Similarly, what would you say to criticism that even though it represents alternative beauty, it’s still about the objectification of women?

SuicideGirls celebrates the beauty of a woman’s body, which is sexy, but there’s nothing graphic about what we do. Everybody has a body and SuicideGirls aren’t embarrassed by their body or the fact that they feel sexy about themselves, because they should. I don’t think there’s anything really negative about that message.

What about Suicide Boys? I would look at that.

There’s a group on the site where members submit photos. There’s a Suicide Boys group and they give each other weekly assignments. It’s coming along.

Why aren’t things more gender balanced?

Dita von Teese’s burlesque show has men in it. But there’s hundreds of years of females perfecting the art of being sexy for the opposite sex. The idea of a man doing a sexy dance for a female has not been explored much. Most of the male performers are for a male audience. It hasn’t been perfected yet. It’s hard because every time I poll my friends and ask, what do you find sexiest about a guy, they all say different things. There’s not that consensus. When you say, what is sexy about a woman’s body – boobs and a butt. Most men are boob men or butt men, but women will say, the back of his hands, his shirt, crazy stuff. We have to decide what we would like first and we could probably do it.

In music videos and popular culture in general female empowerment often comes through sexuality. Even if it’s Lady Gaga or Beyonce saying I’m a strong woman they’re still presenting it through sexuality. Why is a woman’s worth so often linked with beauty or sexuality?

I think it’s a touch point for confidence. If you’re confident in your body and sexuality you tend to be more confident in your life in general. Even heads of state feel pretty confident in the way that they look. That might have something to do with it.

Being in the position you’ve in, you’ve probably been asked these kinds of questions before – is it challenging for you to deal with questions of anti-feminism and objectification as a woman in that role in that industry?

It is hard to answer those questions. I don’t feel like I’ve been elected as a spokesperson for feminism. All different types of women around the world feel they’re coming into power. Feminism means so much to them – it’s 50 per cent of the population and it’s very hard for me to speak for 50 per cent of the population and say intrinsically this is how women feel because first of all it would be impossible to get 50 per cent of the population to agree on anything and I certainly don’t feel I should be a mouthpiece for them. All I can speak to is my own ideas. And I used to be more timid about that because of backlash in the press. People would be like, that is not feminist! And I’d be, OK, I’m sorry. I feel like I should be able to speak my opinion about what feminism means to me.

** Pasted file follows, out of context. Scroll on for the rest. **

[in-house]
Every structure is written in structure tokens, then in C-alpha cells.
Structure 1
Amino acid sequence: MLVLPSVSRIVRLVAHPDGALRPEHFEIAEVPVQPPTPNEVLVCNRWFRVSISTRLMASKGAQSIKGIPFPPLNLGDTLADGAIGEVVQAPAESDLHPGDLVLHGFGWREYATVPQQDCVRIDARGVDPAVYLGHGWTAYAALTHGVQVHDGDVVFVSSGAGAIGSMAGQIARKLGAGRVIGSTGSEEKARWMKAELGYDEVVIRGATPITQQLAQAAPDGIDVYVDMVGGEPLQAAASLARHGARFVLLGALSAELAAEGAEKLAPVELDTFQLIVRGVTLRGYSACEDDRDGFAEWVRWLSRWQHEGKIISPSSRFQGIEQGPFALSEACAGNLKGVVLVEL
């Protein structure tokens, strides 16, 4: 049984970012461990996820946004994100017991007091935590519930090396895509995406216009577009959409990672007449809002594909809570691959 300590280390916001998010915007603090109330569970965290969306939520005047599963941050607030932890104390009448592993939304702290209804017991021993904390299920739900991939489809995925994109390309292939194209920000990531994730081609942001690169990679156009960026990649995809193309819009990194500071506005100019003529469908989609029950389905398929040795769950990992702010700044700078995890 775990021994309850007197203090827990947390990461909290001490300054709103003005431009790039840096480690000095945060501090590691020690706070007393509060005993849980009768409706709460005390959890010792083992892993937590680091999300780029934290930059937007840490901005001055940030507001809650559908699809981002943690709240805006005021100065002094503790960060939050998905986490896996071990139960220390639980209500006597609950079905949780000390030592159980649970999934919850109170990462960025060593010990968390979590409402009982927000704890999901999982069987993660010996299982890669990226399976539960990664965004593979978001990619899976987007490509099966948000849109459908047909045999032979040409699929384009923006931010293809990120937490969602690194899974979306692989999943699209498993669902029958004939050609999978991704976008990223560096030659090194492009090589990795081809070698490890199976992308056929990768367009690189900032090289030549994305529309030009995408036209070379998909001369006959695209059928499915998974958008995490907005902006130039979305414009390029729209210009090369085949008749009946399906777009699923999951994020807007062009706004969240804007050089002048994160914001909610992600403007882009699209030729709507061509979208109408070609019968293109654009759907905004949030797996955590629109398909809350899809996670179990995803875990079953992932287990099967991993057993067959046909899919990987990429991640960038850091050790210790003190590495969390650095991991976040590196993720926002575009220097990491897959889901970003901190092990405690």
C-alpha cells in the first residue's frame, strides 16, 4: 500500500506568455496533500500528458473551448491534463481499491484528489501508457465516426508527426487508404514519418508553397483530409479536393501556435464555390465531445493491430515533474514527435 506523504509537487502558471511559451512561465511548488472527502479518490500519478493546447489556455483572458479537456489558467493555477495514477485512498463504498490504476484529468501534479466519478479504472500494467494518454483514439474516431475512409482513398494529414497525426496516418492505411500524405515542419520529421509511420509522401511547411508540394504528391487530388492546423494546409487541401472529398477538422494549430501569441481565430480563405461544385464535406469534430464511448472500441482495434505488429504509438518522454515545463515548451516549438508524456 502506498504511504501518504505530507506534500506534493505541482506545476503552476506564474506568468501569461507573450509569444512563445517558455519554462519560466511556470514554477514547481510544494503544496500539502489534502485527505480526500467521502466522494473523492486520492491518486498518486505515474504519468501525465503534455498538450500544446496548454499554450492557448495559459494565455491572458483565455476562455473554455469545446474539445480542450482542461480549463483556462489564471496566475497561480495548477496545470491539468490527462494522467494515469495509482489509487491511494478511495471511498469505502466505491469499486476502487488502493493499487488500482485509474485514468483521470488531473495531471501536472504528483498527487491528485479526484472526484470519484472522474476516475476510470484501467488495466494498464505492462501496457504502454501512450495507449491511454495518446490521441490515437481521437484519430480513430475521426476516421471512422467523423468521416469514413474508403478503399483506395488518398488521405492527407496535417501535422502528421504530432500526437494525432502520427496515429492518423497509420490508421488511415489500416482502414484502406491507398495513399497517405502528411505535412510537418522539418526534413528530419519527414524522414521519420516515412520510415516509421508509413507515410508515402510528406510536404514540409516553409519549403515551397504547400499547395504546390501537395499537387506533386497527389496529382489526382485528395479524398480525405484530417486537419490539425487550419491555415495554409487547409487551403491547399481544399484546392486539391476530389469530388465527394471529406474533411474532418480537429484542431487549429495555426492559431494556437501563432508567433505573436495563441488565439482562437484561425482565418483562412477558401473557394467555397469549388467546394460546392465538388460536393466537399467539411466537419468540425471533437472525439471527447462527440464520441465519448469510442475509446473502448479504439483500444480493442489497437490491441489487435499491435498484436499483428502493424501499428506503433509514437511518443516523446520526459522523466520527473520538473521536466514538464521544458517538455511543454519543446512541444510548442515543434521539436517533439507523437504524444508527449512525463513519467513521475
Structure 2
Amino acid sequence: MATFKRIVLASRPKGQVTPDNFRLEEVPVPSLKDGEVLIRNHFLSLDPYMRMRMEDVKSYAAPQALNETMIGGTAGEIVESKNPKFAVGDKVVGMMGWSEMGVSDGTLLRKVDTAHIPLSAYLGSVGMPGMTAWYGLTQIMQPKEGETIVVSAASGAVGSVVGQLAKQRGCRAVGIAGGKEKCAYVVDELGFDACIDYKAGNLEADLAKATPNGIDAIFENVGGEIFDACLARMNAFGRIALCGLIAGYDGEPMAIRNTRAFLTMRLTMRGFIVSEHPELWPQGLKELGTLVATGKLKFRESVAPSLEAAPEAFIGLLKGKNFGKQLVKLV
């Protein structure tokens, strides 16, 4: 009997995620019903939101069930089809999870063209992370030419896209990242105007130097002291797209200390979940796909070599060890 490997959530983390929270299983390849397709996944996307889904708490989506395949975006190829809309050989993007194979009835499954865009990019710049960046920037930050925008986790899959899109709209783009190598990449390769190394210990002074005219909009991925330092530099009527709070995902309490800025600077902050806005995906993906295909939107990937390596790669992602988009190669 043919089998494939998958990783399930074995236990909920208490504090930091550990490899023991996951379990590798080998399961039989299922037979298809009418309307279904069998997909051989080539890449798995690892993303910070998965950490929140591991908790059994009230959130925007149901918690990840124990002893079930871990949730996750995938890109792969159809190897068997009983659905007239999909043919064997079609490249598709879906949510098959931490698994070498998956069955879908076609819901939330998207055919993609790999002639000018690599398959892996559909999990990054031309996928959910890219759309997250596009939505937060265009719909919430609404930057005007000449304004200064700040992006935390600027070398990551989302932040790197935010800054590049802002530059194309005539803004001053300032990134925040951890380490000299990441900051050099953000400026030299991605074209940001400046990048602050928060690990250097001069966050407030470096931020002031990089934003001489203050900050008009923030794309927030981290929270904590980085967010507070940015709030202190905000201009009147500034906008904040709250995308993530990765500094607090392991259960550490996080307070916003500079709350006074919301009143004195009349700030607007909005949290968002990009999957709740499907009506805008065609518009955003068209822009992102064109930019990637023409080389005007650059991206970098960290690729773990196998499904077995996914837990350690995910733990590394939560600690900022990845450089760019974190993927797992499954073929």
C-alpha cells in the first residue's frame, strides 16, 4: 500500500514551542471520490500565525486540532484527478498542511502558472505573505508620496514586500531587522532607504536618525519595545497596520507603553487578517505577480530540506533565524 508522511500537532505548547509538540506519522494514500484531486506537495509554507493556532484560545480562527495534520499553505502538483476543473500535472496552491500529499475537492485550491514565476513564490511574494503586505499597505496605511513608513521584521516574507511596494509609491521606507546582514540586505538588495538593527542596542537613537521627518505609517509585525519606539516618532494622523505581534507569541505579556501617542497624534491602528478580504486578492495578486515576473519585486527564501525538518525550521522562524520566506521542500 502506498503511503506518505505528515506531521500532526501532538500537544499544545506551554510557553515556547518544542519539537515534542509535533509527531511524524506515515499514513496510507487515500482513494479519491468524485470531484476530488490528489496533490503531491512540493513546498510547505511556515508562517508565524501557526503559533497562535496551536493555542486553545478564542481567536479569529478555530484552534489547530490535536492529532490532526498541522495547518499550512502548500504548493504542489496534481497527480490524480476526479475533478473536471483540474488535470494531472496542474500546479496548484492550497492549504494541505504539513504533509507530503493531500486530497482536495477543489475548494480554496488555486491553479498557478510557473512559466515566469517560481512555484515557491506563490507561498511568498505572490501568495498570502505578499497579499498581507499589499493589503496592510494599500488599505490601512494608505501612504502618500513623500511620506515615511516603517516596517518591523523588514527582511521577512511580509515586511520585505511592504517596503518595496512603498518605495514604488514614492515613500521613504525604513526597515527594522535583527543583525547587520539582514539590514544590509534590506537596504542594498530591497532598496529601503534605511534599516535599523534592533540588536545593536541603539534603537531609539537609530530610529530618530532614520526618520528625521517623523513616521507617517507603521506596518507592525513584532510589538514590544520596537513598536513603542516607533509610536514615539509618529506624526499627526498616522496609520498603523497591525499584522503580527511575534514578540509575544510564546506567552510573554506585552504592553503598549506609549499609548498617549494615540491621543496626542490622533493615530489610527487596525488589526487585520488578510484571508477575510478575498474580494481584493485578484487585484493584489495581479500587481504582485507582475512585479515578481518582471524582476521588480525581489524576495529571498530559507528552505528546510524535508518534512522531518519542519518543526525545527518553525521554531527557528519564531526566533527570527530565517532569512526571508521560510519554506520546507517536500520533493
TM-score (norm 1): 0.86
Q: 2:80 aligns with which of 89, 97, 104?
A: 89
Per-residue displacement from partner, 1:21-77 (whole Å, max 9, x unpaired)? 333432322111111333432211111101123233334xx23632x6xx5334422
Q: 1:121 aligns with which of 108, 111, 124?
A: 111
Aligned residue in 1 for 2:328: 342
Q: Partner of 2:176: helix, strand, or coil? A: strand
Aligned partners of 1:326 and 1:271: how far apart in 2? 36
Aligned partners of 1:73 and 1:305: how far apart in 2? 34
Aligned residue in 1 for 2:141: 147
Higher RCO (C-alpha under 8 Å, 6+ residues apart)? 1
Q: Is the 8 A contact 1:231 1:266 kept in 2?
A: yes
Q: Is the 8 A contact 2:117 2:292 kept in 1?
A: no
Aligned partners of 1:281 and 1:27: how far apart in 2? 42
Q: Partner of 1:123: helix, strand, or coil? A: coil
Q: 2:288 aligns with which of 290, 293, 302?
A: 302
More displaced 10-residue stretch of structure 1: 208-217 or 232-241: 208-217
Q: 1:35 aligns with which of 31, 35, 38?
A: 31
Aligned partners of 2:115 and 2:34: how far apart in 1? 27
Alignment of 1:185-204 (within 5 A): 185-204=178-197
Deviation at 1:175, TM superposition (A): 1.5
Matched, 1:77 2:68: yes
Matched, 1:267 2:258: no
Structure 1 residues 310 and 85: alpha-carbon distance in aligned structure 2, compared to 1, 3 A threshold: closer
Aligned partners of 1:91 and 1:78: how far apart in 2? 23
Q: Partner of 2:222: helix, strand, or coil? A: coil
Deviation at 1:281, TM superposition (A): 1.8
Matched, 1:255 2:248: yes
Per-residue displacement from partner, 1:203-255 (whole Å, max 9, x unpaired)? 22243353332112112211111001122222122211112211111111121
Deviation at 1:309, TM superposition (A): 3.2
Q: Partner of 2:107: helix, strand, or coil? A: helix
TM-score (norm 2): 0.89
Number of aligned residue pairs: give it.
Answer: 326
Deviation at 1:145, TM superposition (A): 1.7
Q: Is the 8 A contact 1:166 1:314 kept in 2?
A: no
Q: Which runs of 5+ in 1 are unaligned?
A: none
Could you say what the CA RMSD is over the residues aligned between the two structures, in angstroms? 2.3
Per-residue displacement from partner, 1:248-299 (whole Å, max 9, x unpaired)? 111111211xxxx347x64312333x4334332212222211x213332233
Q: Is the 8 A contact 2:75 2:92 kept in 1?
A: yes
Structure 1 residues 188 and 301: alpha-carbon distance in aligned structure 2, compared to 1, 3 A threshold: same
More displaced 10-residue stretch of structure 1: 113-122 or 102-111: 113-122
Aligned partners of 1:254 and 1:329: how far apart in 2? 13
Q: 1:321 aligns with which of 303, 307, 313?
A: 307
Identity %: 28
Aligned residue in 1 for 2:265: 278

What can you tell me about SuicideGirls stats?

We have over 12 million people in our social network following: Twitter and Tumbler and all the different social networks and that’s been huge growth. We started out with 12 girls and we thought we’d be popular in Portland and maybe Seattle.

I have to confess that seeing so many beautiful women affects my feelings about my own body. I was with a guy the other day and I said, we’re going to go to SuicideGirls but you’re going to have to tell me for 10 minutes afterwards how beautiful I am. He said, you’re an idiot. I said, you can call me that as well.

Aw, really? I never modelled for the site because I was a self-conscious 24-year-old girl. But since I’ve been exposed to the site for years and years I feel much more confident and comfortable with my body then I did back then. They don’t intimidate me. I think because I’ve seen so many different types of women be celebrated. Girls that are thicker, girls that are thinner. Girls that are bumpier, girls with tiny waists or big bums, girls with every body type, it’s made me realise there are people that appreciate the type of body that you have, thousands upon thousands upon thousands of them. They’re going to be exactly tuned in to what you have, so if you are projecting that, if you are confident and feel sexy about it there’s going to be thousands of people going, hey, yeah, you’re sexy and you’ll find them. There’s no reason for anybody to be ashamed of their body these days.